This person's job has to to establish and sustain the kind of Trusted Space where trust and innovation are the products. For it is only in this kind of climate that Nature will help you grow a sustainable enterprise.
The person that was asked to do this job was - you guessed it - Rory. An important part of the design was that now Rory was not serving a key component, PEI's agriculture, but serving all of PEI. Most of all, his job was to serve the partners who are made up of all the research folks on PEI, all the relevant businesses and all the key government departments. He had to find a way of melding three completely different cultures into an entity that could contain their differences and yet have them work well with each other.
The PEI BioAlliance is this kind of Facilitating Structure that I believe will be the key to all efforts to bring a diverse network into life behind a common goal. The key success factors are Trust and Focus and such a structure drives both.
Some metrics now. They are rough but give you a sense of our trajectory. In 1997, when we thought of Belvedere, there were 100 Private sector folks involved in Bio and Chemical products and about 150 in research. That is why we had some early confidence that we had a base in 1997.
By 2007, we have about 500 in the private sector and 250 in research. That is some growth. I think that we have reached that point on the Tipping Point where we have broken through.
Is That enough?
I am convinced that if you want to have a diverse network working on a focus that having such an organization is essential but I am not sure that structure is enough. PEI has a number of preconditions for why I think that we have a great shot at this and for why we have made so much progress so far.
I seek to answer WHY PEI?
I think that PEI itself is a large scale Trusted Space. Everyone knows everyone here. That sure doesn't mean that we all like each other or that we are all the same. But you can get all the players into one room in one day and get a decision. We have our share of bureaucracy but you can get through it fast. This is still a society that is based on personal reputation and on word of mouth. Most Islanders have known each other all their lives. Many are related. But it is not a closed shop. I will never be an Islander, you have to be born here to qualify, but I can see anyone I need to in a day or two and get a good hearing. Try that in Ontario!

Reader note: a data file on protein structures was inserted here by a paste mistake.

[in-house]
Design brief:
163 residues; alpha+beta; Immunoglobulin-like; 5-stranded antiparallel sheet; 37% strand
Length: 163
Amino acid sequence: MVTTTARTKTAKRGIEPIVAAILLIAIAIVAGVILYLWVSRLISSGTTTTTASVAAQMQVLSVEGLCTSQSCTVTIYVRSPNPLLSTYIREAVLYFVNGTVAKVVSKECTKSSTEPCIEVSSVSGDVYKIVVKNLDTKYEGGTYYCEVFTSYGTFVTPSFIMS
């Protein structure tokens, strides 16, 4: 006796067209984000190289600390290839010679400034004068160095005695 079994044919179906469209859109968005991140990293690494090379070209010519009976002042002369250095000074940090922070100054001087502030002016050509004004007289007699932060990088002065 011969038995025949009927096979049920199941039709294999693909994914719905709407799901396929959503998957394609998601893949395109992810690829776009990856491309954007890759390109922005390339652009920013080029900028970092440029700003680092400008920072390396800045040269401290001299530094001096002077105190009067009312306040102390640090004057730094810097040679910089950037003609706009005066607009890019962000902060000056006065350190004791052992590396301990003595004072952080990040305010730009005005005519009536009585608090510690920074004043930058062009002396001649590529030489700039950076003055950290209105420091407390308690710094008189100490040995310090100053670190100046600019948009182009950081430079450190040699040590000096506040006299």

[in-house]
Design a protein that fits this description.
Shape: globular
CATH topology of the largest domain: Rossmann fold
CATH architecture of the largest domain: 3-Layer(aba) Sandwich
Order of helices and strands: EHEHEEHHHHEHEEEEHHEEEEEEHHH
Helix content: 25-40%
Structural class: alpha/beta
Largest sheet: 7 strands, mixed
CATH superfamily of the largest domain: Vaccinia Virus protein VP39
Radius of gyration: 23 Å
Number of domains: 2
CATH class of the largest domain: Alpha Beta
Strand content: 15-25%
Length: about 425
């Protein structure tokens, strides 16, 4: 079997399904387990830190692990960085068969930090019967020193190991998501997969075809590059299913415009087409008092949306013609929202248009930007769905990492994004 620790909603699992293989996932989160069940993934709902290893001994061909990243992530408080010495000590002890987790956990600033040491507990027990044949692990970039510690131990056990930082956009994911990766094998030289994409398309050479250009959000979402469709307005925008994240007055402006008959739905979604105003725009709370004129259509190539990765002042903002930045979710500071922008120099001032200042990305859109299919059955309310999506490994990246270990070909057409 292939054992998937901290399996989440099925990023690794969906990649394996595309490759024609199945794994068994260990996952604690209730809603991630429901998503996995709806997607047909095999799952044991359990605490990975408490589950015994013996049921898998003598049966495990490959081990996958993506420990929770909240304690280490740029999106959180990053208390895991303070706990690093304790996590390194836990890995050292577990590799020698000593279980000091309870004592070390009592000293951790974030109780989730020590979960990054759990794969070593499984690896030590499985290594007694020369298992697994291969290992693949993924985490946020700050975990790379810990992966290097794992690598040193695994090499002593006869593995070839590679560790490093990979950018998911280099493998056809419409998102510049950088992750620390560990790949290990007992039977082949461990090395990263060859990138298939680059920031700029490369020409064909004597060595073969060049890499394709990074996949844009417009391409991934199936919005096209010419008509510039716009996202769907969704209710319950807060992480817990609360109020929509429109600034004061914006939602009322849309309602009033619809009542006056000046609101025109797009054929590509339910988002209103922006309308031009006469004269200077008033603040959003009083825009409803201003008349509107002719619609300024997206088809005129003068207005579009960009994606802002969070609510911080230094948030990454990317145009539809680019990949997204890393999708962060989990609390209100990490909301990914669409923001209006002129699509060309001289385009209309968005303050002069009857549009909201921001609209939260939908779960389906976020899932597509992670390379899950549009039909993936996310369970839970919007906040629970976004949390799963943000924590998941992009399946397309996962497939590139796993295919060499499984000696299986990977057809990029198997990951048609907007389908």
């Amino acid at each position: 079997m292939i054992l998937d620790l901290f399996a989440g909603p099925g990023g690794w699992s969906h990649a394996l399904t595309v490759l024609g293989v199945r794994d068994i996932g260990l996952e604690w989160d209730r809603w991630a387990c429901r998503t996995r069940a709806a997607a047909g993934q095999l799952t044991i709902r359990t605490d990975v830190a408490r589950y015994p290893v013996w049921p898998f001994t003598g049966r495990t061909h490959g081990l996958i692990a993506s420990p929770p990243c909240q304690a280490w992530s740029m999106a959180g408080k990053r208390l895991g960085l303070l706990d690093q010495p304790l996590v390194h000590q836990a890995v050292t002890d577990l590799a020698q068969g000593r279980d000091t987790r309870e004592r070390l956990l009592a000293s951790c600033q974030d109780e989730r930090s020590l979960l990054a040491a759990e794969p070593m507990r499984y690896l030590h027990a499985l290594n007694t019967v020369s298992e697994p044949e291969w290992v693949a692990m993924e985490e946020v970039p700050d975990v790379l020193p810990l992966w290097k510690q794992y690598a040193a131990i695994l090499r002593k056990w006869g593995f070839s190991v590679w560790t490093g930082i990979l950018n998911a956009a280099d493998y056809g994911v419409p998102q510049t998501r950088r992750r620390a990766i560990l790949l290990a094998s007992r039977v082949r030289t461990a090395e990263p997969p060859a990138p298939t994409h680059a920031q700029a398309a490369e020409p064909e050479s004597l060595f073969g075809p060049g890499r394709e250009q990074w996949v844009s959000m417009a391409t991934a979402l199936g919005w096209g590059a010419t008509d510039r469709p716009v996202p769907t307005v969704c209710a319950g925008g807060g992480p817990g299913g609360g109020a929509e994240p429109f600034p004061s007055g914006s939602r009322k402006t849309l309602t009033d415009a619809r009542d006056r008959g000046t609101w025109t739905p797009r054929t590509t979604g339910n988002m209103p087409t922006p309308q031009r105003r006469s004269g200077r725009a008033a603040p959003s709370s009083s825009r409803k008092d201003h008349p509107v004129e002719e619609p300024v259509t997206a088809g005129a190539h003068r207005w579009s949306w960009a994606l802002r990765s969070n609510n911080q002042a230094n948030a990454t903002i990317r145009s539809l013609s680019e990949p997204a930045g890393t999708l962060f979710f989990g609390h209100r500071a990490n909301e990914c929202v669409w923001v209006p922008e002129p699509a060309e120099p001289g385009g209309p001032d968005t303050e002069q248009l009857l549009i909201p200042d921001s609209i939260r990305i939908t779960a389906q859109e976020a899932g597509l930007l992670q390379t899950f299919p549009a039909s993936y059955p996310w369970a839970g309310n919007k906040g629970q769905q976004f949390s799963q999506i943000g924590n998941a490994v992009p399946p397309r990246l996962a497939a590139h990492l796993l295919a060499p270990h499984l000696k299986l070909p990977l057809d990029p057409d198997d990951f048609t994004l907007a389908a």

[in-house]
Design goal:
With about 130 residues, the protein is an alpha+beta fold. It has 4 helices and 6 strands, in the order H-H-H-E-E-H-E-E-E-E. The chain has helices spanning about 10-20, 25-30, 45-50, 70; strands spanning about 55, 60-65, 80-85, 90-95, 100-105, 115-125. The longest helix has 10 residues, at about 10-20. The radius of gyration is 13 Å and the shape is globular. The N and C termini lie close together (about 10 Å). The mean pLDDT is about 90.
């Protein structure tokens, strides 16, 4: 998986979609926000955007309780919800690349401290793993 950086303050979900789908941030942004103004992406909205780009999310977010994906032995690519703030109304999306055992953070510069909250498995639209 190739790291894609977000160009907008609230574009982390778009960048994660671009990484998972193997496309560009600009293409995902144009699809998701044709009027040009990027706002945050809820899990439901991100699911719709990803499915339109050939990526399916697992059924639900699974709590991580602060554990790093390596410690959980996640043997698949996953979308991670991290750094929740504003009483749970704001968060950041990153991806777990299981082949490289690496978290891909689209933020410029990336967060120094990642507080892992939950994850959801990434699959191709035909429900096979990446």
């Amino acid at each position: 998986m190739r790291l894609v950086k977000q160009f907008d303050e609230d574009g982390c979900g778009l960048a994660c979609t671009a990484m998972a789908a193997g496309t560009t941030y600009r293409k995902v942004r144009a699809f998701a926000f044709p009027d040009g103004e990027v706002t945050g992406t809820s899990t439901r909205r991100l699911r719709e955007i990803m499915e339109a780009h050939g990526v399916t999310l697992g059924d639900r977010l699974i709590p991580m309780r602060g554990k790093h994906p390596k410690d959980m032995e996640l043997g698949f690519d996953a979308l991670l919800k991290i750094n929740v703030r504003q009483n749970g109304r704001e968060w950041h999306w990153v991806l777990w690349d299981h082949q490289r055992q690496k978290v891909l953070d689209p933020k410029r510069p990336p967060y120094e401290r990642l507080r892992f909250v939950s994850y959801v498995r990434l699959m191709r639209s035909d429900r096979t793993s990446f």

We know that we are in trouble and this is not some academic issue for Islanders. If you meet with senior folks in any field here, all their kids go to the same schools. All want their kids to have a future. We all want to do what is best. No one here has a free ride. So we have chosen to give the sector a 10 year tax Holiday. We are serious for the long term. That is not the case in many jurisdictions.
We have chosen a focus. We could not get there with Belvedere but we have it now. A focus drives creativity and results. We are clear. We seek to find and amplify the value of Bio Active Compounds to aid human, animal, fish and plant health.
We have chosen a focus for where we want to be on the life cycle as well. We know only too well what it is like to be a price taker of commodities. We also understand that we are small. We want to be price setters and so this is where we will play.
This is the part of the life cycle that we have to stay in. We have to be in that place of exploration and discovery and we have to hand off the larger development and mass production to those that have the scale to do that.
We also are riding a new lifestyle trend that I am going to write more on soon. Not long ago, if you were a scientist or a business person who wanted to be taken seriously, you would have had to have lived in a big urban centre. A new aspect of post industrial life is that you can be a player today and live in a place like PEI. Provided you have yourself a pioneer frame of mind and we on PEI work hard to make you feel welcome. Many wonderful scientists and business people are choosing to come here for a great working environment with great colleagues, great work and opportunity and great infrastructure. In addition we offer a great way of life. More on that later.
Lastly we are engaged here in The Great Work as well as great work. We are working to find a new relationship with nature in the hope that if we respect her, she may open up not only more value but a better world. I will introduce you soon to some of the people who have chosen to come here to be part of that Great Work.
We work directly here to give our kids their best shot that we can of a world that they can prosper in. We work for "Our Country" because on PEI that is what it feels like - we work in the end for each other and for all our future.
It is no game but it is fun. This is why I am convinced that, if you may be reading this in 2014, you may see that I was right - we can do this and we will.